Pennsylvania Limestone Farmhouse Renovations to an 1863 farmhouse built of limestone

March 27, 2011

More Restoration – Roofs and Windows

Filed under: Deconstruction,Exterior,Stone house restoration — Duane Diefenbach @ 9:46 pm

Now that the old addition is down we now have 2 tasks at hand: 1) remove the soffit and roof on the old part of the house and then rebuild it into something that will stand the elements for (at least) the next 30 years, and 2) restore windows that are now exposed on the front of the house.

To fix the roof on the old part of the house we brought Lee Cowan back to remove the old (rotted) soffit and roofing (including all the bat guano and bird nests), tear down the cinder block chimney, remove the metal roof and install asphalt shingles (the original roof was cedar shakes but we can’t afford that right now), and then rebuild everything.

Here’s Lee and crew dealing with major rot around the old chimney.

You may ask, what is the black and gray box on the left side of the stone house? It’s a bat box. When I looked early this week it had 1 lonely small brown bat inside. And it has been miserably cold all week. Right now (9:50pm on 3/27/2011) there are no bats inside and it’s 29.5°F outside. I hope the poor little bugger knows how to find bugs in these conditions…

But back to the house. I have (at least) two competing tasks at hand. First, the house sparrows are very upset that the roof is being disturbed because this was a very good place to defend a territory, build nests, and raise young. We had holes into the attic on both sides of the house so we had male territories on both the north and south sides. But now that is changing fast and they need to look  elsewhere.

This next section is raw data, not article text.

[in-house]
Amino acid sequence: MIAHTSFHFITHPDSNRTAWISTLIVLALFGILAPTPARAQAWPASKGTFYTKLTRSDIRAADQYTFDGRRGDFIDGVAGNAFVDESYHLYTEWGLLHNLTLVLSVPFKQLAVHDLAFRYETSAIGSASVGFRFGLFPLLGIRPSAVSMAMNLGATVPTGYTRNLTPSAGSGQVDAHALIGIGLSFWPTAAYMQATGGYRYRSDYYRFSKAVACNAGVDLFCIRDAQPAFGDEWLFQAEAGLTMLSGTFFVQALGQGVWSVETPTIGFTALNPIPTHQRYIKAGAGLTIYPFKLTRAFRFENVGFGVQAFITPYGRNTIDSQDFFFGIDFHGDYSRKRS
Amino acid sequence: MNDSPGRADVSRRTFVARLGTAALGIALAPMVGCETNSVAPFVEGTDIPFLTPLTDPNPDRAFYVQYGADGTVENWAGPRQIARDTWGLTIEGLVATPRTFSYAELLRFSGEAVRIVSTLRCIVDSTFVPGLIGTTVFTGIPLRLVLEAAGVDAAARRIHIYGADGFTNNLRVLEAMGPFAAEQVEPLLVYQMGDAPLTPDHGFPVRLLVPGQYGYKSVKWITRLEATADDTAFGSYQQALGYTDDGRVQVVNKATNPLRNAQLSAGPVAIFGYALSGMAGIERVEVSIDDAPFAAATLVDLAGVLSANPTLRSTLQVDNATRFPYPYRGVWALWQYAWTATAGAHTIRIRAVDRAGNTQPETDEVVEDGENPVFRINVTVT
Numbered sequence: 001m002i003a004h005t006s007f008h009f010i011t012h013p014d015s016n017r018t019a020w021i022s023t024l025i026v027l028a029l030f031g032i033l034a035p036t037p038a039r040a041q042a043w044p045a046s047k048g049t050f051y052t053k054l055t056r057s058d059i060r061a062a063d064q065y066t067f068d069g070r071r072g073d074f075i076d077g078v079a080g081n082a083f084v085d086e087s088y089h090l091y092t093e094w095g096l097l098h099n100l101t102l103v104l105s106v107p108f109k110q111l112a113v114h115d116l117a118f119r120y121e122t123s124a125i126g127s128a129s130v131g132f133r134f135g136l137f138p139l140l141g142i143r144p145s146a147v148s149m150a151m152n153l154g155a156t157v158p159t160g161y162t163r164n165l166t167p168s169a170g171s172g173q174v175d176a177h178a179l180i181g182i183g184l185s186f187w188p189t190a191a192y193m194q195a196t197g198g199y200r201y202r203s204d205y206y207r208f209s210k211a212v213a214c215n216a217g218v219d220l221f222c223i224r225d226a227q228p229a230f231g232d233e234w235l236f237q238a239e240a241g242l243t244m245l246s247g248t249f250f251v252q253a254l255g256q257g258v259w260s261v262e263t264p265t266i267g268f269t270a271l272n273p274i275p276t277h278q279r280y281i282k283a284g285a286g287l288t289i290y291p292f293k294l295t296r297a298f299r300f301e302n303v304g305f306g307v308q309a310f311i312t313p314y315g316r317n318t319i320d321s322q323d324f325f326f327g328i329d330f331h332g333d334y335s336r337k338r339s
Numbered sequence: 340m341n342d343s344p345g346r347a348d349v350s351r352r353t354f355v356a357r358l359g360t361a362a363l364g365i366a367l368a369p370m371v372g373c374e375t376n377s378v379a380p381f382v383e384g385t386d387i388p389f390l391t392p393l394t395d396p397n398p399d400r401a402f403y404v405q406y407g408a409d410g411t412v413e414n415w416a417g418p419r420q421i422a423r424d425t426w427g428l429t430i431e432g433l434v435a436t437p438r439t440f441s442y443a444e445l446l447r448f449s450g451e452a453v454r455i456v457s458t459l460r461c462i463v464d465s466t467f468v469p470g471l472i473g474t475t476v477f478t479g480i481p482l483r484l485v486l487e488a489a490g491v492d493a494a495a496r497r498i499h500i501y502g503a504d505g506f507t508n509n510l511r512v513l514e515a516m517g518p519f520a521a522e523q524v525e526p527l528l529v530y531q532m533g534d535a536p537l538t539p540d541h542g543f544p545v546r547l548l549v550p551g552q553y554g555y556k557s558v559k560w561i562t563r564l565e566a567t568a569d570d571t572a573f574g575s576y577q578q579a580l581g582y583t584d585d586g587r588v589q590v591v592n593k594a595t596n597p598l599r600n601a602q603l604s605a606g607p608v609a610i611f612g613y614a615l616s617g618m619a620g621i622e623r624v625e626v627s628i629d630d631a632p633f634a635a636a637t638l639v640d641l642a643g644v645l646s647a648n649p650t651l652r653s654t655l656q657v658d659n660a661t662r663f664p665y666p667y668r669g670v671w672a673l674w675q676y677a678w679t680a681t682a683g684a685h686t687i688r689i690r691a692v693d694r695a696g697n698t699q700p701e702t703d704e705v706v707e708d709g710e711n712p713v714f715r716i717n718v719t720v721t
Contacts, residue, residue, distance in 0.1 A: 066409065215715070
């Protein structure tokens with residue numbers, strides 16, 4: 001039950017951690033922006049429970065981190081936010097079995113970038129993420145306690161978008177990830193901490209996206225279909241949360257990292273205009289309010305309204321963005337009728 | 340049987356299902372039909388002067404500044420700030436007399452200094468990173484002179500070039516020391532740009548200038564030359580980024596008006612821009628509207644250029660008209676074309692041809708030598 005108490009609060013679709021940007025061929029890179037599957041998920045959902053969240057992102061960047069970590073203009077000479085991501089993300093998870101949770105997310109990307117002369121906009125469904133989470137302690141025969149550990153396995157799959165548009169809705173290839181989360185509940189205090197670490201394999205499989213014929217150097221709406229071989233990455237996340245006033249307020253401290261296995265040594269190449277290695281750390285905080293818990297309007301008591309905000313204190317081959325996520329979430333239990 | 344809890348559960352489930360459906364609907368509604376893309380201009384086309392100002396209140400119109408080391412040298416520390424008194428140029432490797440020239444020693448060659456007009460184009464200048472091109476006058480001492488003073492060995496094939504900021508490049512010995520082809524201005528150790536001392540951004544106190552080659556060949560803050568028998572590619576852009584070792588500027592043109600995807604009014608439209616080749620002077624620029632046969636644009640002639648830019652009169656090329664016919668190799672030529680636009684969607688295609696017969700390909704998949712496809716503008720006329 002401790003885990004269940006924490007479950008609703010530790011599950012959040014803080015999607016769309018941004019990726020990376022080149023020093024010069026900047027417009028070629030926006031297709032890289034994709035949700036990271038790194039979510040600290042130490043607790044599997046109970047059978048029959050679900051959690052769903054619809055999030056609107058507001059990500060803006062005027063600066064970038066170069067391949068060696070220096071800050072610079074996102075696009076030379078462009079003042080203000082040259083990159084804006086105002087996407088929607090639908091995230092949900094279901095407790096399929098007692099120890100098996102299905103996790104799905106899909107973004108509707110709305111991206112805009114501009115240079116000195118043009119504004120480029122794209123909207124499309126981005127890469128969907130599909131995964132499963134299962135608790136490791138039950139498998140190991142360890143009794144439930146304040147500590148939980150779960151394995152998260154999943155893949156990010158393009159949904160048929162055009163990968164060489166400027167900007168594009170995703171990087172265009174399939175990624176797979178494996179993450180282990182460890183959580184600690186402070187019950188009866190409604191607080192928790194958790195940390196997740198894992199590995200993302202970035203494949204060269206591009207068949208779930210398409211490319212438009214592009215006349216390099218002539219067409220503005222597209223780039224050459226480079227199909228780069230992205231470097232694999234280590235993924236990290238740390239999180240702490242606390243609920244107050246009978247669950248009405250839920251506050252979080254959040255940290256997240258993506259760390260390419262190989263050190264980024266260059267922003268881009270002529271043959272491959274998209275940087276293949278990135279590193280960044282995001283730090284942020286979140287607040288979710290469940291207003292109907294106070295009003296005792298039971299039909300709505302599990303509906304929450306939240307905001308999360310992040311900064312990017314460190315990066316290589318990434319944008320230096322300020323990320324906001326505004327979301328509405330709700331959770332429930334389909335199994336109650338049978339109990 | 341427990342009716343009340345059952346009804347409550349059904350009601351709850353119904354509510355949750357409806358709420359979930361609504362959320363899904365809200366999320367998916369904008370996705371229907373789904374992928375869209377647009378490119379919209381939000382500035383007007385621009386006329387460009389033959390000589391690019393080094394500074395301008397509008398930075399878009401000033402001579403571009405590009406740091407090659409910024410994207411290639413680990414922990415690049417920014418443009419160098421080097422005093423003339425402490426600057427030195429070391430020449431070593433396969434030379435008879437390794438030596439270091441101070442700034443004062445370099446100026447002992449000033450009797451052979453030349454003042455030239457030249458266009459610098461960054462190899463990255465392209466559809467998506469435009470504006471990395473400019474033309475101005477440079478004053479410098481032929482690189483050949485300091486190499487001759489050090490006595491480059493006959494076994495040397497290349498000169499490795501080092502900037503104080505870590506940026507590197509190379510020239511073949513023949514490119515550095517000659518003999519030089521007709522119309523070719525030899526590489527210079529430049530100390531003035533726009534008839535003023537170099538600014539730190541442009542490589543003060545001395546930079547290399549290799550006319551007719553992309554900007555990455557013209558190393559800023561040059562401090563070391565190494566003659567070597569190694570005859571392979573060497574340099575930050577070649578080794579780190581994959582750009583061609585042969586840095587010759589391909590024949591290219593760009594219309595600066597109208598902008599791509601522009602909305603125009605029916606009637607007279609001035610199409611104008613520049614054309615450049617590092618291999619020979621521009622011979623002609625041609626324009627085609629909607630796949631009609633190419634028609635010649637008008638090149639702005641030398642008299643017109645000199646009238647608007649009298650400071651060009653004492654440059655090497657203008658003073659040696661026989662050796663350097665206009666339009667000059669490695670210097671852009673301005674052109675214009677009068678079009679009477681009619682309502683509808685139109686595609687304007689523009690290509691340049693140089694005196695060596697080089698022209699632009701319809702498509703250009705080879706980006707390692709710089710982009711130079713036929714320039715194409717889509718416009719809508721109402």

But birds are resourceful and the northern male discovered that he didn’t have to look far and under our porch (see left photo above) there is access to the insulated cathedral ceiling of the master bedroom.  Consequently, I now have to get the tongue and groove hemlock ceiling installed (easier said than done – I have to mill the tongue and groove boards, finish them, and then install them).

Second, I need to install windows in the old part of the house. The learning part for me is to figure out how the original carpenters installed the interior window trim BEFORE they plastered the walls. In some ways you don’t have to worry about details because the plaster can “fix” anything out of alignment. On the other hand, just how firmly attached and aligned does this carpentry have to be affixed?

Here’s my first attempt that trims the old passageway from the dining room to the old kitchen.

Upcoming posts should provide details on installing the porch ceiling and more progress on the roof before rain arrives mid-week. Stay tuned!

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